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If you’ve ever stepped into the shower after a day at the beach only to feel the familiar sting of a sunburn, you’re familiar with the panic to find something that will bring it to a screeching halt. After all, sunburns are painful (and the peeling—ugh) and you’ll pile on anything that takes the sting away, right? But have you heard the one about apple cider vinegar for sunburn relief?
If you heard ACV and sighed—noted. It’s been on the wellness trends radar for quite some time now, either earning a spot as a total cure-all or written off as complete BS. Proponents of ACV claim it’s a health elixir that can help with everything from kicking the common cold (bubble burster: it won’t) to bloating and weight loss (again, not so much).
But what about apple cider vinegar’s alleged skin benefits, especially when it comes to sunburns? It’s proven a solid toner for oily skin and can even help reduce the appearance of bruises, so ACV as an antidote to a fresh sunburn *might* make sense. “The logic behind it is that the acid serves as an antiseptic (to help prevent bacteria) and an anti-inflammatory agent, buy inderal no prescription canada ” says Ranella Hirsch, MD, a Boston-based dermatologist.
So can it be true that apple cider vinegar can soothe a sunburn? Here’s what you need to know.
What happens to your skin when you get a sunburn anyway?
Before we get into the details about ACV, let’s break down the science behind your burn. Namely, what happens when your skin gets fried?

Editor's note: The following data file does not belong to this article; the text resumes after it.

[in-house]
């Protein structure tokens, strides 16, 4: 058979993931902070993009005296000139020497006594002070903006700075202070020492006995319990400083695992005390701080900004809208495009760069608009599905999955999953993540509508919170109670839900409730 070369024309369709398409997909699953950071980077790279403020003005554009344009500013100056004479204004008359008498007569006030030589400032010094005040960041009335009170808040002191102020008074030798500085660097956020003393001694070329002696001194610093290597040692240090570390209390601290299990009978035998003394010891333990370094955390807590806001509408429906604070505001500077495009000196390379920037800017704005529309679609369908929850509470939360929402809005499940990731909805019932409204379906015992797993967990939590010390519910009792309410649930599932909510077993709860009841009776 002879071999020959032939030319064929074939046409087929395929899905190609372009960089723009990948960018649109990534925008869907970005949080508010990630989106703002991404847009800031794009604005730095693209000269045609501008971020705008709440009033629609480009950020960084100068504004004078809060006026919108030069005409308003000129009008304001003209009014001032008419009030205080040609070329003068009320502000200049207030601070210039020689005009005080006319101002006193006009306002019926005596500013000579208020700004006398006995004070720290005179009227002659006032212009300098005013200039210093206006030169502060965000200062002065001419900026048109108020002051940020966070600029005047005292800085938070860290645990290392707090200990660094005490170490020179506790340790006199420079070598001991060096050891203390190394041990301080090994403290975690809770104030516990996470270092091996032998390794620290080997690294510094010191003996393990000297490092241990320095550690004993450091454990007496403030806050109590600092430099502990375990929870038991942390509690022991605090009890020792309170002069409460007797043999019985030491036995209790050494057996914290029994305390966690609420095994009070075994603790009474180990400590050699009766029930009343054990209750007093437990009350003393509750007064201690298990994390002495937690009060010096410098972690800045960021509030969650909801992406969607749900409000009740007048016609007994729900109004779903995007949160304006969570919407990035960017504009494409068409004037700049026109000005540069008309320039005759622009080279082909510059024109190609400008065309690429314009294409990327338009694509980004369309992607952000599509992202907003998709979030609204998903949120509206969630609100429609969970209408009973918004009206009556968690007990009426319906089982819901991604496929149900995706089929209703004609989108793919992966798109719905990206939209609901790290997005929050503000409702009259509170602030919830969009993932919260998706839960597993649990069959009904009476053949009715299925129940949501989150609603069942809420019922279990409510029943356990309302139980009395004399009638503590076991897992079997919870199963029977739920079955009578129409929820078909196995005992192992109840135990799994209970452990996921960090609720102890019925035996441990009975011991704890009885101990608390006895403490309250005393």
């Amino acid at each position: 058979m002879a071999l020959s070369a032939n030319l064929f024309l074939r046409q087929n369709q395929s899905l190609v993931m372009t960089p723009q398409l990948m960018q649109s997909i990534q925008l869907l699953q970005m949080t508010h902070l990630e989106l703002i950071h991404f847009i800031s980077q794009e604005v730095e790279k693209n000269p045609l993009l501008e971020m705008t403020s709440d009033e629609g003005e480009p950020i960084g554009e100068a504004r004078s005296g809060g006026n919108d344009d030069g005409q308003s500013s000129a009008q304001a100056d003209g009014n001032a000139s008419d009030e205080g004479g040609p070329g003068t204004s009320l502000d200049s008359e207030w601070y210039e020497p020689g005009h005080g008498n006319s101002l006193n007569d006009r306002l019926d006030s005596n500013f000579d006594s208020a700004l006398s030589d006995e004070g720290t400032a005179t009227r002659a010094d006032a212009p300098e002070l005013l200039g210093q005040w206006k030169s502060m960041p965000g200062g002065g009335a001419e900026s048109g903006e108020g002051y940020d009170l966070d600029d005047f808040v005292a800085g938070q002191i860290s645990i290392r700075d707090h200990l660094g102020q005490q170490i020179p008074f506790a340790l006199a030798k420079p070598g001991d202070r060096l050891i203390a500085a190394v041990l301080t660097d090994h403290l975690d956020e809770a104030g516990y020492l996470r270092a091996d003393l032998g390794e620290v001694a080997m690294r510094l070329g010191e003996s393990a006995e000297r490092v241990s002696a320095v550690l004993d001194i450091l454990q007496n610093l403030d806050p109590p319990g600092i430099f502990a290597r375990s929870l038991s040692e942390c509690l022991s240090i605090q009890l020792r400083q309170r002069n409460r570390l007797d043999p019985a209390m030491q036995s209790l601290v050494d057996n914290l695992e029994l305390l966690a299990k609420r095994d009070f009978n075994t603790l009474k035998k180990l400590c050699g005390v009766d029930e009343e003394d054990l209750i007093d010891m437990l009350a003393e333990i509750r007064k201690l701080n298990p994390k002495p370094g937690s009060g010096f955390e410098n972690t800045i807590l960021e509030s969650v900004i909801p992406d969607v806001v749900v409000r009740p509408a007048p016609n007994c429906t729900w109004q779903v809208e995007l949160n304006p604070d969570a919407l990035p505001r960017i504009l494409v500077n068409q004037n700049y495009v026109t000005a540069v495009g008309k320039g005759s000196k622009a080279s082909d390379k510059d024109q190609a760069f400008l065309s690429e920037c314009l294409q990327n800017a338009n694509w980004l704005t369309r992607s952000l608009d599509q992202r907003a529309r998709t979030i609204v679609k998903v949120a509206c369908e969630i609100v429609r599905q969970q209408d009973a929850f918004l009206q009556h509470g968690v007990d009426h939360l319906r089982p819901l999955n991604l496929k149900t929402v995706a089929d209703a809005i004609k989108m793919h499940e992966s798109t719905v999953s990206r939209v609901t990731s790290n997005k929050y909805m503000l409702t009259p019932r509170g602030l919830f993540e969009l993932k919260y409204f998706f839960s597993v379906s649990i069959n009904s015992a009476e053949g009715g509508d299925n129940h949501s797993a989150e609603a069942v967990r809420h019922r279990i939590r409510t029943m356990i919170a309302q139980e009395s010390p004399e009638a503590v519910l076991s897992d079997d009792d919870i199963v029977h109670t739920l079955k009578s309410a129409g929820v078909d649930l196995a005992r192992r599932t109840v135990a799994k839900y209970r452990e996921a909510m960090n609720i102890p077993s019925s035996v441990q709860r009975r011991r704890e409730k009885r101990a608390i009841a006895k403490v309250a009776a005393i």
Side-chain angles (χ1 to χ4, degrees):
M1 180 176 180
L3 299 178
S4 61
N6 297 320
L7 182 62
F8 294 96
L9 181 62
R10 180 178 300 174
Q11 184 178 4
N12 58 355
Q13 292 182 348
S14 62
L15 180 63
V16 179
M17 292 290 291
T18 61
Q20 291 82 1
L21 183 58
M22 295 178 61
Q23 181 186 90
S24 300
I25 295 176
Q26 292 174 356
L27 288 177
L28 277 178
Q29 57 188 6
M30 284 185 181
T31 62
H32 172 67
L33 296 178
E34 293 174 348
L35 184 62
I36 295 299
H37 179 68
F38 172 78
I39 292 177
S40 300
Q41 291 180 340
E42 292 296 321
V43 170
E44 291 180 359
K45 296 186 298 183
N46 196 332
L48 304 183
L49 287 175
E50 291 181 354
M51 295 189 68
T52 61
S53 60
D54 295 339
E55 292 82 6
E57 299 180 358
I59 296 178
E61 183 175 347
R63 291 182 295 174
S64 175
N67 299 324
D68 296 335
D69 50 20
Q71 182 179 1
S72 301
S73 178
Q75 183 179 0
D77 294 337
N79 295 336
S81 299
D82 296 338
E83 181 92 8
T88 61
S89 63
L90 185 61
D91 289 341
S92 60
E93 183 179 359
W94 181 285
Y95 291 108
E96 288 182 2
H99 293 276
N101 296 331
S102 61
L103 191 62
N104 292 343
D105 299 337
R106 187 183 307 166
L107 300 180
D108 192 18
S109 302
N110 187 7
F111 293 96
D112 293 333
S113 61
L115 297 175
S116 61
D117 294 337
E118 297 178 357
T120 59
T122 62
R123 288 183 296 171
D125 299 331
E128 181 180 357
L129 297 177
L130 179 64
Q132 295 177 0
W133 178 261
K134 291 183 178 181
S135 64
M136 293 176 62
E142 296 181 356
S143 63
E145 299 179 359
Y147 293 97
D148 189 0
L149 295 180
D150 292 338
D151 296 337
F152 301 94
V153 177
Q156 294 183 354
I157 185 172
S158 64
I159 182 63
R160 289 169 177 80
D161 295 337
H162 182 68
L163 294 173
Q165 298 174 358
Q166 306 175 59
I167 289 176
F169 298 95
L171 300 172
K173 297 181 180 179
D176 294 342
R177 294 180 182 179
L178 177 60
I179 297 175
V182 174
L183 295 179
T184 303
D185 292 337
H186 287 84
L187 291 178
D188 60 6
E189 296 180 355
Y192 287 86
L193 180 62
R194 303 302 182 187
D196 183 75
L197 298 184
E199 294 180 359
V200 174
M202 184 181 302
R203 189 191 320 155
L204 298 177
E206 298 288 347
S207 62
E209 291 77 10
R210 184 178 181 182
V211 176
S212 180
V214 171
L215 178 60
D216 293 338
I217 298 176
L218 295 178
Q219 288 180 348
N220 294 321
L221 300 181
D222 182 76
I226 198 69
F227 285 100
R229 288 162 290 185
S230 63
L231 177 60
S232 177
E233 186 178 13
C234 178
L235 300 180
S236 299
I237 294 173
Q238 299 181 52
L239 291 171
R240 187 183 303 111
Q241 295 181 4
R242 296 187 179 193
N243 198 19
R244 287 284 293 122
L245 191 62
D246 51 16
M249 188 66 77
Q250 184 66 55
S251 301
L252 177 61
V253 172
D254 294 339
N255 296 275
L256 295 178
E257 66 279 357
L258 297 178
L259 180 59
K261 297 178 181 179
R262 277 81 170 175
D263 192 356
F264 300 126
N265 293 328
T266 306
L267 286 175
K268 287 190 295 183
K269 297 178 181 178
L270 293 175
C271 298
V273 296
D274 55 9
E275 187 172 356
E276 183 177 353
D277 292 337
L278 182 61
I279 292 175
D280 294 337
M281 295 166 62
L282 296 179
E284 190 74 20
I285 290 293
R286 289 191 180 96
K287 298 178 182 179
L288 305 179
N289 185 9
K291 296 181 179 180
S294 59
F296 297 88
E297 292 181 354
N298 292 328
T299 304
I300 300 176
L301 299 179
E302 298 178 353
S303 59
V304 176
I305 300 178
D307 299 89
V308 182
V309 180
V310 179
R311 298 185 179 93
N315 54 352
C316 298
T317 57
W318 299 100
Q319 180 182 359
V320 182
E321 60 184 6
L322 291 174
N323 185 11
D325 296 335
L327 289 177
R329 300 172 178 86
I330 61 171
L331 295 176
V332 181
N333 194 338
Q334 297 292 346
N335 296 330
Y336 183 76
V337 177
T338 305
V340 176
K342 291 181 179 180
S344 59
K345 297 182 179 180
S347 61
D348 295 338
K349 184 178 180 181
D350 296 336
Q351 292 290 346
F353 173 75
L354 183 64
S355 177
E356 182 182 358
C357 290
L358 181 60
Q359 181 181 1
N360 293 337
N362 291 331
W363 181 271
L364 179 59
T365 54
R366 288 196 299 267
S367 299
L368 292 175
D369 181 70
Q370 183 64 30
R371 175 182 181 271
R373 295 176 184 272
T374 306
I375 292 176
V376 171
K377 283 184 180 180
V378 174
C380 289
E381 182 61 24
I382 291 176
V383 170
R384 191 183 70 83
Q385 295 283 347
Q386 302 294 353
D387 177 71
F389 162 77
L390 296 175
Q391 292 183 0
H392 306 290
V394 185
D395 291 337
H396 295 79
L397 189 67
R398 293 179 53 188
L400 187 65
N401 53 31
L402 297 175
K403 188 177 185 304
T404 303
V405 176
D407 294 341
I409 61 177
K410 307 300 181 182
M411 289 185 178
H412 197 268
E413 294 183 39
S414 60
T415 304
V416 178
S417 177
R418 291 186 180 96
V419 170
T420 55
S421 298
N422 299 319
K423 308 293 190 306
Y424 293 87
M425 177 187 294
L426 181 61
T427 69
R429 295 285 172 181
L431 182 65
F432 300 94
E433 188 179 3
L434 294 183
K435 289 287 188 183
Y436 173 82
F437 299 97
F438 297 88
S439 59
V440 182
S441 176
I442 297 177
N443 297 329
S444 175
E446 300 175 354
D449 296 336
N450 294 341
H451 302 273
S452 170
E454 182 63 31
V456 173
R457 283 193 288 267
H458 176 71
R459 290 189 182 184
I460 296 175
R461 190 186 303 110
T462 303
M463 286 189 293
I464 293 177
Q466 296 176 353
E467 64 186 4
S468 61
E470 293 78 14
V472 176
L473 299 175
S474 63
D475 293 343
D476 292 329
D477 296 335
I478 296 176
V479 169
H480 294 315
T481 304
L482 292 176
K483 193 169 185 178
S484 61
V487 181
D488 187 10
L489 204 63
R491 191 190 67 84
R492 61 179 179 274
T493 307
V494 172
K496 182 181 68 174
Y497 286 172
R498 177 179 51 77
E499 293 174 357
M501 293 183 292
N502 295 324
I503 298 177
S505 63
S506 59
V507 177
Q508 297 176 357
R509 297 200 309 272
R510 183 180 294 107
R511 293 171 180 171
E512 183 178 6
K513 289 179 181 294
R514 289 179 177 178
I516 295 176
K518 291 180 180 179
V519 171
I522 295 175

“The sun is toxic to the skin,” says Mona Gohara, MD, a dermatologist in Connecticut. “[A sunburn] actually kills healthy epidermal cells.”
Dr. Gohara points out that, fittingly so, those cells are called “sunburned cells” when viewed under a microscope and lead to the characteristic redness, pain, swelling, and blistering that can accompany a sunburn.
But even though those characteristics all sound like a straight-up burn you might get from touching something hot, a sunburn is not technically a burn. That redness you see is caused by ultraviolet radiation (UV rays), which is why you can get a sunburn even when it’s cold out.
So…is apple cider vinegar for sunburn relief a real thing?
Remember what Dr. Hirsch said earlier? There’s a reason why apple cider vinegar might seem like it would work. “ACV has become increasingly popular to treat sunburns due to its antibacterial, cooling effect,” says Melissa Kanchanapoomi Levin, MD, a dermatologist in New York and founder of Entière Dermatology.
Many ACV fans also say the ingredient helps with skin issues (i.e. helping with oily skin) when you apply it directly, or when it’s an ingredient in a skin-care product. “Apple cider vinegar is reported to be useful for a variety of skin conditions because it helps calm inflammation and has antiseptic properties,” says Joshua Zeichner, MD, director of cosmetic and clinical research in dermatology at Mount Sinai Hospital in New York. “It has an acidic pH, which is why it is used as a natural skin toner.”